Cited from humanresourceonline
It seems like Malaysian employees are getting more demanding. According to Randstad Malaysia’s annual Bonus Survey, the bulk of Malaysian staff (77%) are expecting a bonus payout this year for their efforts in 2017 – up from 66% last year.
In fact, the survey of more than 700 professionals in Malaysia revealed that 37% are likely to start looking for a new job if they do not receive a bonus payout this year. Randstad noted that the increasing expectation towards bonuses from employees indicates a positive sentiment around economic and organisational performances.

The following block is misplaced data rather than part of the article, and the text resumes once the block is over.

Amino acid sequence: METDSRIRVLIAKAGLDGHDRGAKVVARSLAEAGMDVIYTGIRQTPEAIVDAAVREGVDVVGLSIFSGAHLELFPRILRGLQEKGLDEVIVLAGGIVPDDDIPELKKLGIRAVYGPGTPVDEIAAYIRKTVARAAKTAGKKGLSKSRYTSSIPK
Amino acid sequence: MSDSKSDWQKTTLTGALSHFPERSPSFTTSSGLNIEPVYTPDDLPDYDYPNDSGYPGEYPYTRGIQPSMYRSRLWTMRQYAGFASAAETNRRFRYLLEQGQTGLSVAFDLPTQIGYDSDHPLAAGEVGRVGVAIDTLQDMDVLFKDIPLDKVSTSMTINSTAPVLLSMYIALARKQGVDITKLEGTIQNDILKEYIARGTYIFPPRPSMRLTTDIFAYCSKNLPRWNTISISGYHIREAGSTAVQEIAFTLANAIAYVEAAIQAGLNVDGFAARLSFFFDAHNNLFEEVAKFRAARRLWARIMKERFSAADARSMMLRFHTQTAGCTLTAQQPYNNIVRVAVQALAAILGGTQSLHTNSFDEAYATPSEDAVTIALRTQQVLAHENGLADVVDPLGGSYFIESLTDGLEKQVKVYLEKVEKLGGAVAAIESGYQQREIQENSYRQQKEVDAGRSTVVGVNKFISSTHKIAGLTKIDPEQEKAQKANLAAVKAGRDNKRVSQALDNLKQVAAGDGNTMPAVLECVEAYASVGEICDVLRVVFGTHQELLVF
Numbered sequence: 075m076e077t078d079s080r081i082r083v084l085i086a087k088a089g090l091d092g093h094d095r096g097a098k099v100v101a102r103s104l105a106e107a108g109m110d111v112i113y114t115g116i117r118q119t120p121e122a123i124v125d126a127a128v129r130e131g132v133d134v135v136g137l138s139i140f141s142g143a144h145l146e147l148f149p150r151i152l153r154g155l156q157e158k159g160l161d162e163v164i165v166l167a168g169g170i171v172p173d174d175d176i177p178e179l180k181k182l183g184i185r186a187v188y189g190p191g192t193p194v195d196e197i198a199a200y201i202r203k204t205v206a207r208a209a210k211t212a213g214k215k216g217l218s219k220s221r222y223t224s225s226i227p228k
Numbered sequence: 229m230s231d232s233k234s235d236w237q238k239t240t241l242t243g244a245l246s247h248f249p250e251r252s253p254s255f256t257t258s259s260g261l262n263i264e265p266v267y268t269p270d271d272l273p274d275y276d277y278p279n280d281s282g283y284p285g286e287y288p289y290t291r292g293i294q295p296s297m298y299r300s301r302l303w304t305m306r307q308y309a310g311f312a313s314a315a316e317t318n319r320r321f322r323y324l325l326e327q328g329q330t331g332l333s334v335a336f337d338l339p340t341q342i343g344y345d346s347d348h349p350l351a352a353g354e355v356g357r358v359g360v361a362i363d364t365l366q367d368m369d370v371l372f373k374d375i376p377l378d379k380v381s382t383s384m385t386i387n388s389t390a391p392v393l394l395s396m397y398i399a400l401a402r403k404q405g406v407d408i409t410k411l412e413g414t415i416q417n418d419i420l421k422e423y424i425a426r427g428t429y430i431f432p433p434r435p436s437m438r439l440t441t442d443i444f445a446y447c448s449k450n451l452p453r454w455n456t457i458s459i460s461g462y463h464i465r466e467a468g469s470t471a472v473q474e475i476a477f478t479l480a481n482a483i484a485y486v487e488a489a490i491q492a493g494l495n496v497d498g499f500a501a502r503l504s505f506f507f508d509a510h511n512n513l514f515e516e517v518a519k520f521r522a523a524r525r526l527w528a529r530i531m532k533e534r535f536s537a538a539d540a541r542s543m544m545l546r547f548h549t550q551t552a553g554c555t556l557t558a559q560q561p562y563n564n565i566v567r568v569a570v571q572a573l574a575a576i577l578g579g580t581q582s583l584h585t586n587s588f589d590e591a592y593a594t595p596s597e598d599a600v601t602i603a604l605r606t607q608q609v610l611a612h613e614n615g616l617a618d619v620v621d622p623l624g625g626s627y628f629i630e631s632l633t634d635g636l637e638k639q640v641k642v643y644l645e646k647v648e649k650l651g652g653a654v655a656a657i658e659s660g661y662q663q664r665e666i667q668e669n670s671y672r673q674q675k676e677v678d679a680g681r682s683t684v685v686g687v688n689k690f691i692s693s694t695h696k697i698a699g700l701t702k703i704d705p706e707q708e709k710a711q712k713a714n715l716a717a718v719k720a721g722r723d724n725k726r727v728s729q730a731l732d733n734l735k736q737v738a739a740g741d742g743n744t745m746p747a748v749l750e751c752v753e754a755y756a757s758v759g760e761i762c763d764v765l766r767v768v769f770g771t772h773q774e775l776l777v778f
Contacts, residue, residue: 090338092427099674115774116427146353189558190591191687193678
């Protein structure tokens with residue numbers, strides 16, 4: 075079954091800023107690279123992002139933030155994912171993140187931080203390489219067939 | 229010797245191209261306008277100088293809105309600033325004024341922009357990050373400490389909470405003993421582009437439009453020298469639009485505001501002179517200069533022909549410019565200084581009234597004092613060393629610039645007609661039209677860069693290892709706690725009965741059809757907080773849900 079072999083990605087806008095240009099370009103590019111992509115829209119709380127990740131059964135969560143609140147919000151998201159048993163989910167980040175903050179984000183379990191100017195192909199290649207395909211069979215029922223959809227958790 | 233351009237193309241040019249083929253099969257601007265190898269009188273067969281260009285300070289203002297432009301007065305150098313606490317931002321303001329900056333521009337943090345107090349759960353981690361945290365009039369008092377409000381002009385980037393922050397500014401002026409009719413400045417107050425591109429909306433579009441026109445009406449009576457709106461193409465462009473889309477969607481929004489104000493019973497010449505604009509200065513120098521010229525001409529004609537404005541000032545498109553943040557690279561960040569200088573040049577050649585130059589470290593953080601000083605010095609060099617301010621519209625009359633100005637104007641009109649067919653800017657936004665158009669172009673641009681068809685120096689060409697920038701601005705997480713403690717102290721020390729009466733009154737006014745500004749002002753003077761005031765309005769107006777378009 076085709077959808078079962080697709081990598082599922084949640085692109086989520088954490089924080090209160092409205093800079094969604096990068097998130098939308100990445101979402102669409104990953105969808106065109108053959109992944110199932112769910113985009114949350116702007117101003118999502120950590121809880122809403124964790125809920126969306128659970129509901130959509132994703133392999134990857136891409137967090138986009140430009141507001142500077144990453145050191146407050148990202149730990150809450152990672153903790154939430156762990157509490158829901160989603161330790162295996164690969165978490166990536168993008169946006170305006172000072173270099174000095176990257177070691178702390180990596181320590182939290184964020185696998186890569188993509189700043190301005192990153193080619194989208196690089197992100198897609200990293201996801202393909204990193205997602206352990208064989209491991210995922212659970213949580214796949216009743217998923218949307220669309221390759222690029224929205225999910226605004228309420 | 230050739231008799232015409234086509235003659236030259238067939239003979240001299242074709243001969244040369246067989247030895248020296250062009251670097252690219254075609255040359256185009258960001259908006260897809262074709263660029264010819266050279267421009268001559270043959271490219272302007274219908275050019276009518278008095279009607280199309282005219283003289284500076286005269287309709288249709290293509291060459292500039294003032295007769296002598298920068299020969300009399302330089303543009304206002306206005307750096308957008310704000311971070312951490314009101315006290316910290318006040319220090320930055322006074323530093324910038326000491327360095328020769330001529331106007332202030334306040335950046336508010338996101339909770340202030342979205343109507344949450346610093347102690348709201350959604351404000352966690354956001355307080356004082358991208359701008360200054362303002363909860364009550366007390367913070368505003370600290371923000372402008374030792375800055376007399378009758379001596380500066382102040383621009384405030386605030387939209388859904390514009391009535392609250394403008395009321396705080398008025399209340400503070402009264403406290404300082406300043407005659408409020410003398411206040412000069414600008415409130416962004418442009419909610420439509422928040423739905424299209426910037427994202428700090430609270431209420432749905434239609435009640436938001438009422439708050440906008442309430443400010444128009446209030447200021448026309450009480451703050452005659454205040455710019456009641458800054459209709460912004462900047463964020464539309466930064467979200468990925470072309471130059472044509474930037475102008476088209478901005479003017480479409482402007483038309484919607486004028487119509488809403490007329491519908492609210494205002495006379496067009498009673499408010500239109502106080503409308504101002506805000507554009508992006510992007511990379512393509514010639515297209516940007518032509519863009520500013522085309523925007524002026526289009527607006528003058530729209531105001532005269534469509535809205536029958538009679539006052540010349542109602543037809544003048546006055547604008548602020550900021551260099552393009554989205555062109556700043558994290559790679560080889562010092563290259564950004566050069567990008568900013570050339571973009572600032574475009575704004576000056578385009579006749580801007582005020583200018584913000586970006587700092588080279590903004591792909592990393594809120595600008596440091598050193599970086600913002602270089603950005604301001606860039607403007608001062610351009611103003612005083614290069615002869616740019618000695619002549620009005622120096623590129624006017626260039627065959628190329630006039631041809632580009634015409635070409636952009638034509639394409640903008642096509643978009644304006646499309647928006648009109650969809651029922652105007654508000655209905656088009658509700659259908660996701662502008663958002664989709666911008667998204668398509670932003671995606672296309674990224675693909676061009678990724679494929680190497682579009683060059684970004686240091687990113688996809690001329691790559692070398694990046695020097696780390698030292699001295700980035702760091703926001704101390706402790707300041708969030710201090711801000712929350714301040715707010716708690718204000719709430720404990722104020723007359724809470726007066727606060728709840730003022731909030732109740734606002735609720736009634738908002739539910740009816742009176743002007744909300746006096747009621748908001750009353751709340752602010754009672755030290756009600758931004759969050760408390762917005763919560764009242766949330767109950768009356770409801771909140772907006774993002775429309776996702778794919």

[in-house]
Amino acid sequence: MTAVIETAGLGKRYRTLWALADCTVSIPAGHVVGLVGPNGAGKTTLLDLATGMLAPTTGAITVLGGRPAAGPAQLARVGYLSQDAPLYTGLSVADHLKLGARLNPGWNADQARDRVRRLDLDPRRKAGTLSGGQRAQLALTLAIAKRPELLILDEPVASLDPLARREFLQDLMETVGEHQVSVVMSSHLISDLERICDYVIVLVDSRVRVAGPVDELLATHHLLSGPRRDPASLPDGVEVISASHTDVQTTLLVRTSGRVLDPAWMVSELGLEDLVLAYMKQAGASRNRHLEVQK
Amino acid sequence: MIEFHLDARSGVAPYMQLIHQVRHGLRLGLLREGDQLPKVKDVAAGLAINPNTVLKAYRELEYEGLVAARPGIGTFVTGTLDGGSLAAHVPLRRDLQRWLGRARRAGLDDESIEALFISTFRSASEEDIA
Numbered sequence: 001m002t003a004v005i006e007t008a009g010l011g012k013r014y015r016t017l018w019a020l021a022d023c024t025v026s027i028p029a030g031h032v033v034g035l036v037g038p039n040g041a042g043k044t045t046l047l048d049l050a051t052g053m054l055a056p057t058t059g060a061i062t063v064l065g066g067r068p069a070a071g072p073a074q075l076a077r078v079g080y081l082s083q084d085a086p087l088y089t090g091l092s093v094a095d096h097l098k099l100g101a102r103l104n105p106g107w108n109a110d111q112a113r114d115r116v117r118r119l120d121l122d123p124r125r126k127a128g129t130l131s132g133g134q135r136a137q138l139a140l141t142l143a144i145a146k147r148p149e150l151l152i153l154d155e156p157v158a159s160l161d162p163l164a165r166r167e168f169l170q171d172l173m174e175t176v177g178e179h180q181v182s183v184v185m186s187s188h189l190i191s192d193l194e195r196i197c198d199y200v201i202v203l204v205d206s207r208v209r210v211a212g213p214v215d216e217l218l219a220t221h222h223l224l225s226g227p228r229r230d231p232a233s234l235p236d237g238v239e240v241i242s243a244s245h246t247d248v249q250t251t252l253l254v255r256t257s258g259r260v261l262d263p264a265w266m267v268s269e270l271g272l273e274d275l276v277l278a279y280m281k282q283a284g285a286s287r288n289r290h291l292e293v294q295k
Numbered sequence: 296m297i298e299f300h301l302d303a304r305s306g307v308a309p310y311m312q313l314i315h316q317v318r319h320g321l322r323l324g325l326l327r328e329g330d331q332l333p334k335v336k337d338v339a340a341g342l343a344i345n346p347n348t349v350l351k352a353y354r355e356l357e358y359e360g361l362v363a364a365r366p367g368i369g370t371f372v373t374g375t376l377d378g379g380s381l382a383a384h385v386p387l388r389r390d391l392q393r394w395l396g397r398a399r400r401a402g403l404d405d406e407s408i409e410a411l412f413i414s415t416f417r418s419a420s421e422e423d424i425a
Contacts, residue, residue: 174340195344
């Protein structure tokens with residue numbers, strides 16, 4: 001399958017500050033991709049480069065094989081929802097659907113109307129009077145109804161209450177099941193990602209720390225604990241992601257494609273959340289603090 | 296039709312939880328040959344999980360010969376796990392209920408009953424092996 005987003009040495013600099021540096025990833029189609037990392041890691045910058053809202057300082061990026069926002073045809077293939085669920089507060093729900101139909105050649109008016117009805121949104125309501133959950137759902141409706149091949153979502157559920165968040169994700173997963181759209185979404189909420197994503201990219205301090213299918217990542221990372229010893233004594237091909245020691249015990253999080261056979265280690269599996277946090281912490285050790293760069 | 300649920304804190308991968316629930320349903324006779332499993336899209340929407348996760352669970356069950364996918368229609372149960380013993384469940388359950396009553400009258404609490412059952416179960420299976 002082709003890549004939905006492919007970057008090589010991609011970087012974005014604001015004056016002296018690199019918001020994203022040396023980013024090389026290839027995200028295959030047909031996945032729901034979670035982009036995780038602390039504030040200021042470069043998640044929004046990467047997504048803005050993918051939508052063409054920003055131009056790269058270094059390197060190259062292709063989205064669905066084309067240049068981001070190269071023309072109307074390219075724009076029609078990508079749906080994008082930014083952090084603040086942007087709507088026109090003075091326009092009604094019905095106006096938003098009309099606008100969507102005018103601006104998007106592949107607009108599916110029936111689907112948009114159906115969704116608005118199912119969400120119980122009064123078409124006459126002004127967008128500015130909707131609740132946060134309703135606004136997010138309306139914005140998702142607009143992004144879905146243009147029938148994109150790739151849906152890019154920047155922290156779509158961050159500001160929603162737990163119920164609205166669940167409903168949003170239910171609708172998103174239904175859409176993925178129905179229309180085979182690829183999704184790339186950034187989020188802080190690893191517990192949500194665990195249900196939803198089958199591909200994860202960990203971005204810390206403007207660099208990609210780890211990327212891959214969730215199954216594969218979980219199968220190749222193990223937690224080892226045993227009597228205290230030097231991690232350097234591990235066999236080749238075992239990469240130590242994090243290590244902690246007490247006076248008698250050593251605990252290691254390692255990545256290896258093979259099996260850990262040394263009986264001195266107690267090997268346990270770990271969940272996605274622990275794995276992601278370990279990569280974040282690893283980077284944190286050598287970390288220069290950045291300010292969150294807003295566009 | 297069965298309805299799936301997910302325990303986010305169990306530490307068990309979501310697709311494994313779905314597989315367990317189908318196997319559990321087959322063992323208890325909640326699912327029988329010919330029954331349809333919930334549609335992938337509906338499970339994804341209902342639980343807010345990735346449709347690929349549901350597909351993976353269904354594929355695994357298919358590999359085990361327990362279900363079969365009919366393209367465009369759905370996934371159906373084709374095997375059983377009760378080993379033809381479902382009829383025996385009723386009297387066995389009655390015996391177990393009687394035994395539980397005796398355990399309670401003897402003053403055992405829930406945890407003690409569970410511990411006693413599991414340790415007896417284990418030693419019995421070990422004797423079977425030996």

About a fifth of respondents (26%) expected a bonus of between three and five months, with the construction, property and engineering and manufacturing, banking and financial services sectors standing out at 47% and 26% respectively.
Intriguingly, while slightly more than six in 10 (62%) said getting a bonus is important, it is not the most important factor for their overall engagement within an organisation; meaning that bonuses are not the sole factor in determining employees decisions on changing jobs.
Ryan Carroll, country director of Randstad Malaysia, said, “Malaysians are starting to place a greater value on what were previously considered “softer” factors. Good work-life balance was the second most important employer brand factor in 2017, a two-rank increase from 2016. It is important for employers to understand what contributes to an engaged, productive workforce to attract talent and retain its employees.”